I also didn’t want to say a word.  I didn’t want to engage.  I didn’t want to make any eye contact.  I wanted him to save himself.  Don’t initiate. You know nothing about this man.  He carries baggage you have no knowledge of.  Write your humorous story, and stay distant.

But the tears—the moist tissue in his hand—I could not ignore them.  He was struggling.  Back and forth, I weighed the pros and cons of whether or not to talk with him.  There’s a story here. There’s emotion. And there’s a man in need.

I’ve always said that anyone’s deepest struggle is just one conversation away from being rescued.  All I needed to do was reach out and give him a listening ear or some helpful words of advice.  And if my advice might fall short of its intention, then at least I’d have given him some conversation, which, on its own, would be therapeutic.

For nearly an hour my mind traveled, running the gamut of just what possibly could be wrong.  Oddly, it was almost as if I was getting to know him—that I was beginning to understand whatever it was I didn’t know.  Look at someone long enough, and sometimes you begin to wonder if, in fact, you’ve met that person before.

My time was up.  I had to leave the library. I collected my belongings and made my way for the door.  I had come to write a humorous story, but had written nothing.  Instead, I walked away, only to be inspired by a thought a week later…

I wrote a story about a man I never talked to.

 

Copyright Ros Hill 2017

A Nugget Of Wisdom

I was exhibiting my art at the Pecan Street Art Festival in Austin, Texas, when a boy about seven years old and his parents walked up to my booth. I always do a signing for my children’s books which I set on a table at the entrance.  The boy was enthralled with the books—his eyes grew larger each time he turned a page.  “Mom! Dad! Come see these!”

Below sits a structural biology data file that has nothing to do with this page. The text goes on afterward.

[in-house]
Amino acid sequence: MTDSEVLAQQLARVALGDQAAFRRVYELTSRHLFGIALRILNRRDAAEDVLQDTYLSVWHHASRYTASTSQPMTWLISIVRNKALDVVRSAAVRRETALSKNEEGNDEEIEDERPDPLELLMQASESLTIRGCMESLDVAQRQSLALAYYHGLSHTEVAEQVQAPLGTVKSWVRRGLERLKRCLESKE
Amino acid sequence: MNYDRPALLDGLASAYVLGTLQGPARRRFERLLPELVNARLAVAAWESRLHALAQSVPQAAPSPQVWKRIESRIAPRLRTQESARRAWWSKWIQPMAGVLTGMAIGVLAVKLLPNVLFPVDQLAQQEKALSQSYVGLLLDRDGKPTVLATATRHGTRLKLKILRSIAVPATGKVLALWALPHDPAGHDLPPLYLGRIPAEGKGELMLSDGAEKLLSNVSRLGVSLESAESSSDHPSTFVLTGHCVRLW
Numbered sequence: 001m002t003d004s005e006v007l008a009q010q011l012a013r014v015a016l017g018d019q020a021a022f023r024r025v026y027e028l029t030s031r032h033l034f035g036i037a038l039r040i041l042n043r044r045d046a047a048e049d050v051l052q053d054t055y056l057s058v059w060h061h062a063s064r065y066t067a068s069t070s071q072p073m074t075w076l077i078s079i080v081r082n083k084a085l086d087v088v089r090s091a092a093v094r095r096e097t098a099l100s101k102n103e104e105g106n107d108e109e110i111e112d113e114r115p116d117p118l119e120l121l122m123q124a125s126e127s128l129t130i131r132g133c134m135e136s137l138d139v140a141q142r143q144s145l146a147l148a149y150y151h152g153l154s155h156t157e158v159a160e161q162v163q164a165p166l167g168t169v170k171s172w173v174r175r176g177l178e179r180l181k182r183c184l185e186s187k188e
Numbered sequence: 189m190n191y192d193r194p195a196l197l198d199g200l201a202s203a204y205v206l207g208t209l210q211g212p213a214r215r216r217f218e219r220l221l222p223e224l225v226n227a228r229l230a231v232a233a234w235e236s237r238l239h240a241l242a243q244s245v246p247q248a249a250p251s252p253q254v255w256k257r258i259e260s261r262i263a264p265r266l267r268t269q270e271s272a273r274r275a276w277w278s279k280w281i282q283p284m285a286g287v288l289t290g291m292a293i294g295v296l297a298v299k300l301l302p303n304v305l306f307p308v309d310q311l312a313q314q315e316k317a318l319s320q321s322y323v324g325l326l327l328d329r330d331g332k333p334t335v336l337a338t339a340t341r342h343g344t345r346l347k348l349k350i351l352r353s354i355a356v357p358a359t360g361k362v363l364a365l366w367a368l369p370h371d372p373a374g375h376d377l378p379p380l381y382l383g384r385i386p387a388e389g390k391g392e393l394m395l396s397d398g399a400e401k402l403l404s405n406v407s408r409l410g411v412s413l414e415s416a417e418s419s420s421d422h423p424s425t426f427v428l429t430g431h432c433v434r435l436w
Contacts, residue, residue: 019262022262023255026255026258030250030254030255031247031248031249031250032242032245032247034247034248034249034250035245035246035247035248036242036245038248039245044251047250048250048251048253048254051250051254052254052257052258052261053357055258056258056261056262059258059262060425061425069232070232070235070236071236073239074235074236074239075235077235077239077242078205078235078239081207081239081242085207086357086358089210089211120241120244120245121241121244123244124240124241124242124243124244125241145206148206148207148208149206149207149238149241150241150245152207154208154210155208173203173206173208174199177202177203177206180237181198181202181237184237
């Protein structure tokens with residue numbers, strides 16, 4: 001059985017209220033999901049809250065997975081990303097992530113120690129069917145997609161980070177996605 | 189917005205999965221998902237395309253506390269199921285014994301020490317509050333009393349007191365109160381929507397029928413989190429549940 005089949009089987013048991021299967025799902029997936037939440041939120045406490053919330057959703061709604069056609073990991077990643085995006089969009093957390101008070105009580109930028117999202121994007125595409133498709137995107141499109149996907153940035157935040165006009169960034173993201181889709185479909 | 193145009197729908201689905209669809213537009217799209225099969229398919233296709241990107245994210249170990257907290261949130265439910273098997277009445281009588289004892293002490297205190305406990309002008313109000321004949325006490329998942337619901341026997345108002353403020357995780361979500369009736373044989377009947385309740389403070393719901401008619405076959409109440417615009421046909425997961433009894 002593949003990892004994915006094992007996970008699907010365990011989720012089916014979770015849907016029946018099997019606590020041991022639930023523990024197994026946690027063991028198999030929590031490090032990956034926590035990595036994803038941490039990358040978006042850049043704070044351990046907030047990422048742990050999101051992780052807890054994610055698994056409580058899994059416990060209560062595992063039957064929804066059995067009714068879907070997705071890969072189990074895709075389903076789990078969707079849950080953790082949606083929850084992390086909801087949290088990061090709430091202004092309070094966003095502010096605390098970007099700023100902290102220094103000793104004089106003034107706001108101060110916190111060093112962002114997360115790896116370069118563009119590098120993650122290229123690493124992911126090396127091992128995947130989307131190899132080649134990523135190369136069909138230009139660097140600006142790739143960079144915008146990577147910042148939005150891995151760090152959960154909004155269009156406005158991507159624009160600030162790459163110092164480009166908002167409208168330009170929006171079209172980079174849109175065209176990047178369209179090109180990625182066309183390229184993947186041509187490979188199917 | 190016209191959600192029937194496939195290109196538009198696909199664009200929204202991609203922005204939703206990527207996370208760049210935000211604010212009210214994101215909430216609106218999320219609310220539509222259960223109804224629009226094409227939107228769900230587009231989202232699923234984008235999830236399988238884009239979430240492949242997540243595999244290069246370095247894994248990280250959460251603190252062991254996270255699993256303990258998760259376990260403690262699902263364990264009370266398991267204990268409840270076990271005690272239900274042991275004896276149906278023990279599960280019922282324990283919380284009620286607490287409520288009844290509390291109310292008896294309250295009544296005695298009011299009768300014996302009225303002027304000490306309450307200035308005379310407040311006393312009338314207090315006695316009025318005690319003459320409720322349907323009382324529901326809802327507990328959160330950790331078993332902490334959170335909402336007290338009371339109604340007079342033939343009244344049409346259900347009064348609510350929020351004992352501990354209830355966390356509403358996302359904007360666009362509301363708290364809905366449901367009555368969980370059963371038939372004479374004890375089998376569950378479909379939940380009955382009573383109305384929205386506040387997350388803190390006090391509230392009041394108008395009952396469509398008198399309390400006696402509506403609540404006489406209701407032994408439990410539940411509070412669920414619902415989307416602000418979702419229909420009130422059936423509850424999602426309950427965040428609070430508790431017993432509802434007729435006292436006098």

What could be more beautiful than the excited voice of a child calling his parents to join him in a moment of discovery? What could possibly deter the parents from giving him their attention? Perhaps a round of bickering between the mother and father…

“We should go,” he said. “It’s too hot anyway.”

“But we just got here.” she replied.

“I don’t like the heat.”

“It’s not too hot.”

“There’re too many people anyway.”

She looked him straight in the eyes. “This is ridiculous. Why’d we even come?”

He shot a stare directly back at her and said, “That’s what I’m sayin’.”

As they stood a few feet behind their son, the father ordered, “Put down the book.  We need to keep moving.”

Continuing to flip through the pages, the child was captivated by the book. “Look at this whale!”

The dad elevated his voice. “Let’s go!”

Shaking her head, the mother said, “Just great. So glad we came today.”

The father grabbed his son’s arm, and led him away.  That was the last time I would ever see them.

Just a parental dispute? Not quite.  There was more to it that caught my eye.

It was the father.  I could not stop looking at him.  And in doing so, I could not stop thinking about the boy.  What were his chances of growing up without being bombarded by negative influences?  In fact, I had wondered about that before the three had arrived at my booth.  In the distance I had spotted the father wearing a tank top.  On the front of it, and in large bold letters, it read:

SHUT

THE

F**K

UP!

I get it. Blatant.  In-your-face shock value.  A rebellious streak has been riding on your shoulders for quite some time, years in fact.  Say what you want and express it as you wish.  But, dude, you’re about 35 years of age, and you have a young, impressionable boy. I don’t care if you’re walking the streets at a crowded art fair or grilling burgers in the backyard…trash the shirt before it trashes your kid…if it’s not too late.  Lord knows what your language is like at home—walls thickly painted with profanity.

Seven years old.

The father was under my skin, quickly becoming rancid and septic.  And there they stood at my booth: the child lost in the imagery of my books, while the parents argued behind him with classy dad sporting the bold statement of the day.

I could not let this moment pass by without capturing it.  While I would certainly relay to my friends what I had seen, it would take more than words to convey the full impact. So I took out my phone and discretely took a photo of the three. The father’s shirt was clear as day.

*                 *               *

The art festival was on the weekend.  By noon the following Monday, I had shown the picture to nearly twenty people. “Want to see a photo of a kid who doesn’t have a chance? Oh, and that’s his dad behind him…”